But the university has not seen a boost in younger or older student enrollment.

“It’s so sad, because it’s not that we haven’t tried to show them what we can do together,” said Gabriel Cortez, a professor of higher education at Northeastern. “It’s that they refuse to listen to us.”

Some faculty say these issues existed before the president, Gloria Gibson, took office in 2018. But they say that under Gibson they have hit a new low. The faculty have been in contract talks with her administration since July, and will take a strike vote this week.

Gibson denied a request for an interview. Her contract is up in June. After the faculty senate passed a vote of no confidence in her leadership last fall, the university trustees decided not to renew it. The faculty also voted no confidence in the trustees. The majority of those members have since been replaced by the governor. They did not respond to interview requests by WBEZ.

Many faculty hope Gibson will be replaced by someone from within their ranks who prioritizes students not necessarily served by large public institutions like the University of Illinois Chicago: degree-seekers who have been out of high school for a few years, who have jobs and families, who have long commutes to campus by “L” or bus.

“You come across many faculty who understand that,” said Cortez, who has taught at Northeastern for 14 years. “They’re like, ‘No, no, no, these students need support.’ For different factors, right? They’re first generation so they’re probably not as prepared. [They] graduated from CPS and all of that. That understanding is golden because we have seen many successes of these students coming in, learning these skills and graduating.”

Professor Chris Merchant takes part in a union demonstration. Faculty are trying to negotiate a new contract with university administrators. Lisa Philip / WBEZ

Extra supports often needed for working, first-generation students

You can feel that sense of understanding in the smallest interaction between students and teachers on the North Park campus.

Stephanie Quintana has experienced it firsthand. She transferred from UIC to Northeastern last year because a few of the classes she needed to take at UIC were only offered during the day, when she works.

A couple weeks ago, she was late finishing an assignment for a class at Northeastern. She’s been juggling a full course load, caring for her two children, and a full-time job with the city. She reached out to her professor.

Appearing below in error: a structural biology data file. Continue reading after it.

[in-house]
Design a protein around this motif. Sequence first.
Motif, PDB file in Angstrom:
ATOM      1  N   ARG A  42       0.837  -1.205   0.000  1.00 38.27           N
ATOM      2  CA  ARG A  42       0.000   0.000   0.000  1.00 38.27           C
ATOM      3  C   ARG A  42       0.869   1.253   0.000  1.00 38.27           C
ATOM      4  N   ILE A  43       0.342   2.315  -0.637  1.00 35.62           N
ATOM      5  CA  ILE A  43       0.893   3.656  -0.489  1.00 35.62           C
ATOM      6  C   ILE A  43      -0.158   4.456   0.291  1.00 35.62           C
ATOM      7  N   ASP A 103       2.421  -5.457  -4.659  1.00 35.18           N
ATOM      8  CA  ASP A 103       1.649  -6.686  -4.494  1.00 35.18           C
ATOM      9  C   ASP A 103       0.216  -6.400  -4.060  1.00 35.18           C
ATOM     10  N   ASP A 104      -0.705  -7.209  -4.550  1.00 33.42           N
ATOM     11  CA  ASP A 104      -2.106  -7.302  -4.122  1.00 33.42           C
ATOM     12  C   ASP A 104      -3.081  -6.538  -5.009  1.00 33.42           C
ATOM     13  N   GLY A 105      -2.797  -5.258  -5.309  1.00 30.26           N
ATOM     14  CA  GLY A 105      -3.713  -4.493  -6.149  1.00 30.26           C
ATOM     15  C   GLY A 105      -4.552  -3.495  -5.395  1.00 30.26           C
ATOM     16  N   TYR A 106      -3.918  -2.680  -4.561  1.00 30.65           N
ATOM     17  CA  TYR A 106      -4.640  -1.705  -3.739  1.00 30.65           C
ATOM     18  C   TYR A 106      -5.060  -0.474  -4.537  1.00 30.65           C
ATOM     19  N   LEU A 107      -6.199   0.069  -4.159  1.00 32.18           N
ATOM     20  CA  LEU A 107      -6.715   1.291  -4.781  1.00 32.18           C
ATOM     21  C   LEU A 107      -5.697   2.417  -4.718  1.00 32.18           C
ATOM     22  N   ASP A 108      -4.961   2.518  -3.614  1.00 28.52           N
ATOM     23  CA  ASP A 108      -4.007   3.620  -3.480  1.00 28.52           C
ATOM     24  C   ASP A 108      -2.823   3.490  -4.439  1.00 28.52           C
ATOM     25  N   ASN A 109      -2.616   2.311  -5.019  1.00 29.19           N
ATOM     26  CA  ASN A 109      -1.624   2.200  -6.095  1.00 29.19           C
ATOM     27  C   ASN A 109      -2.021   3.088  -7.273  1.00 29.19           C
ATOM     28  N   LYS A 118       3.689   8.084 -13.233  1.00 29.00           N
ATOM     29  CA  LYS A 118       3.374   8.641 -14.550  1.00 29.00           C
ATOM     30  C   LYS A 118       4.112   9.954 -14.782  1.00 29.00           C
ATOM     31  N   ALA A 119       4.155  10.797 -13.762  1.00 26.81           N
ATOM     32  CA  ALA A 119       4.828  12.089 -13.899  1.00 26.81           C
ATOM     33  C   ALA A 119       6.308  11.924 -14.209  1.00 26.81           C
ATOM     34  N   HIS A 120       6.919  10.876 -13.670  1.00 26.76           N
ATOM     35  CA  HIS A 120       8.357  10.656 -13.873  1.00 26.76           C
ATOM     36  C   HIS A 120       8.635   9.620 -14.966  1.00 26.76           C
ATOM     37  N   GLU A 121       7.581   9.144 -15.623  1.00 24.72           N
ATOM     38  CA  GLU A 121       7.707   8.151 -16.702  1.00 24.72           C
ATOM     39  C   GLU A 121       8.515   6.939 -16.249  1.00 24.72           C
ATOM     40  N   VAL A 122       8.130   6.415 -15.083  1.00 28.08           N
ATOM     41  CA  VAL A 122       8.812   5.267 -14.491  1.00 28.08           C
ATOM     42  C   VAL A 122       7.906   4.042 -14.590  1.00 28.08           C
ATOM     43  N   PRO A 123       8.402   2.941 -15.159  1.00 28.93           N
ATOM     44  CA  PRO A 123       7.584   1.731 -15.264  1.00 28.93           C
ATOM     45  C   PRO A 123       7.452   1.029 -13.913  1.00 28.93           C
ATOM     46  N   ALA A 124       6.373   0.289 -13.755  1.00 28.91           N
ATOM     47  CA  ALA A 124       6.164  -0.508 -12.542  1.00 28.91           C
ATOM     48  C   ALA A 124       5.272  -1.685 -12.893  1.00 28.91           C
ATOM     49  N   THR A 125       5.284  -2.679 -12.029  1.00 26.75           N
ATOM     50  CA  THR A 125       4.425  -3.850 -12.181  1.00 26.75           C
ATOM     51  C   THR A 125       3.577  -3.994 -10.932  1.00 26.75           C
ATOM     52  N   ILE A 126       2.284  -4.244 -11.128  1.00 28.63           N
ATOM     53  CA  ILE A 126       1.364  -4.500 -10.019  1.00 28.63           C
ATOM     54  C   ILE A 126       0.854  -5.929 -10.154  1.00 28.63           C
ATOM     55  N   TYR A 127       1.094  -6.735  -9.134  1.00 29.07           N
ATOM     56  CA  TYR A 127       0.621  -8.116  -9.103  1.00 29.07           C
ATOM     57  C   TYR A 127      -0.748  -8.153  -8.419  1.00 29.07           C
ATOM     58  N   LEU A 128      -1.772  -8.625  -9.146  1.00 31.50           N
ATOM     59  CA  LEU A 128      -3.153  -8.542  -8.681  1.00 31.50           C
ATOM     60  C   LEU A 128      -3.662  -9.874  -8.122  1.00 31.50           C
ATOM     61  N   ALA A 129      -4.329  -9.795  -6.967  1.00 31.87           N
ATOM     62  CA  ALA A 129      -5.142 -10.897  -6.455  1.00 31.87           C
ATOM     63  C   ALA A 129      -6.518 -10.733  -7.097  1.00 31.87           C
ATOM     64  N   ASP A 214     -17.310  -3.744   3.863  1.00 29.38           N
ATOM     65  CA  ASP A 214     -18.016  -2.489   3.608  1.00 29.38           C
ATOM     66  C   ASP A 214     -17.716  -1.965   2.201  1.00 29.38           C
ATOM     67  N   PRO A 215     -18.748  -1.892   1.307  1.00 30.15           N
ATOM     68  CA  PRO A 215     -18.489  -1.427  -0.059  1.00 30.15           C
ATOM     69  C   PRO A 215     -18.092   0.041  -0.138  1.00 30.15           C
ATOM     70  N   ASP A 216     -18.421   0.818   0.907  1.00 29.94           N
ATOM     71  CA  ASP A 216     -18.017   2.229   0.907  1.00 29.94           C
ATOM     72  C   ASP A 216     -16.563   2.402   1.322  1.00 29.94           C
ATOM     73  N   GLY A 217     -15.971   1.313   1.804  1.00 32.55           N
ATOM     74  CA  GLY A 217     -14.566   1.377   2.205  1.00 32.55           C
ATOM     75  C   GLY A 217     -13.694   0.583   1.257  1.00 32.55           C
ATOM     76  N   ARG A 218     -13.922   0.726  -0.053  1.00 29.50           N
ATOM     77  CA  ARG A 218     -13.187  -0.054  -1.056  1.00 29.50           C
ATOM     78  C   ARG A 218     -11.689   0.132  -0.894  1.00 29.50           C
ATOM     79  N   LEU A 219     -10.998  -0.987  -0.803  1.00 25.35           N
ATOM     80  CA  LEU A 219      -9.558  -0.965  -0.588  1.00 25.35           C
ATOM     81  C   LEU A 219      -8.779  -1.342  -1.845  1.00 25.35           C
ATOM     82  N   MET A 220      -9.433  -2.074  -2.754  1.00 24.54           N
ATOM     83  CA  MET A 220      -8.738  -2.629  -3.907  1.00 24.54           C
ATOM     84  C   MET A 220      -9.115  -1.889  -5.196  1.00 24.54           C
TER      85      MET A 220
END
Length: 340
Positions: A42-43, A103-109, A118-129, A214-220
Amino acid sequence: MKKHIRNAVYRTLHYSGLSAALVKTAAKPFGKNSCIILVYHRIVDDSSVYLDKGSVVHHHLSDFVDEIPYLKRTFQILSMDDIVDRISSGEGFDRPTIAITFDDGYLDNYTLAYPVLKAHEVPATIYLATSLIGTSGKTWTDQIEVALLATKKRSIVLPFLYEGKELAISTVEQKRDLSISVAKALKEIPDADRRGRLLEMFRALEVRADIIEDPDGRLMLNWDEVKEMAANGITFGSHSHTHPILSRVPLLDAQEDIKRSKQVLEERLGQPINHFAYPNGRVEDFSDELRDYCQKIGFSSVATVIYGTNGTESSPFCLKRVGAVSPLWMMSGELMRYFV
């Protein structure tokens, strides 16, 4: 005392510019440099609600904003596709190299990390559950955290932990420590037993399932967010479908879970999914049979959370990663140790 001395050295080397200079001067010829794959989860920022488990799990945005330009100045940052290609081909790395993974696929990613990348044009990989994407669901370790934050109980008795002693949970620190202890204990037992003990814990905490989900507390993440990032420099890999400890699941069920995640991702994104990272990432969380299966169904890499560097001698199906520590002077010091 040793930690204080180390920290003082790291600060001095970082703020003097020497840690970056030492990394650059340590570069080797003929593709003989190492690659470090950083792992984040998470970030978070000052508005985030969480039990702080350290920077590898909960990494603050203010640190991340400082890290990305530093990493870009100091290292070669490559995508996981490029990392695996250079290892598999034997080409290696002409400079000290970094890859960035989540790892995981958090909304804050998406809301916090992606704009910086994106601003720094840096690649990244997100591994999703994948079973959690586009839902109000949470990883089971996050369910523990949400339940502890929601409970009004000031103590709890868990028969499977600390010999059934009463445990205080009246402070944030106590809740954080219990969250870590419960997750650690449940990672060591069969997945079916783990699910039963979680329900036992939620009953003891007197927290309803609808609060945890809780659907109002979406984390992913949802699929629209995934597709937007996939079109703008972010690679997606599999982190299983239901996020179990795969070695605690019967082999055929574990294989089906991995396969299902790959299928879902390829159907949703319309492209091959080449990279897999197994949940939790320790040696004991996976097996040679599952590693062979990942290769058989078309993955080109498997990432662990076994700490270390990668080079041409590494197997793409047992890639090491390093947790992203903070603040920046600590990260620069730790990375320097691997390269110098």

“Her response was, ‘I have a child. I know how life can be. Get it into me by Tuesday.’ That would have never been allowed at UIC, ever,” said Quintana, who is the first in her family to go to college. “That’s so special and hard to find … and it makes such a difference.”

Research shows this kind of staff-student relationship is crucial for first-generation students to make it through college. And it requires personnel, something the faculty at Northeastern say the administration has not prioritized.

Cortez and Merchant reference Project Success and Proyecto Pa’Lante — two programs aimed at recruiting and retaining local Black and Latino students. Since the 1960s and 70s, through advising and weekly seminars, they have served as national models for guiding first-generation students through college life.

In recent years, staffing for both programs have been gutted. Project Success used to have a director and several advisers. It’s down to one program specialist.

“We need the institution to support this thing that’s, in addition to all the good it does, has literal financial benefits,” Merchant said. “It brings students in and keeps students here, it graduates students. Throw some support behind that.”

Without that support, faculty members worry enrollment will continue to erode, and communities historically excluded from higher education — and the social mobility that often accompanies it — will continue to go without.

Lisa Philip covers higher education for WBEZ, in partnership with Open Campus. Follow her on Twitter @WBEZeducation and @LAPhilip.

Higher education reporter for WBEZ Chicago in partnership with Open Campus.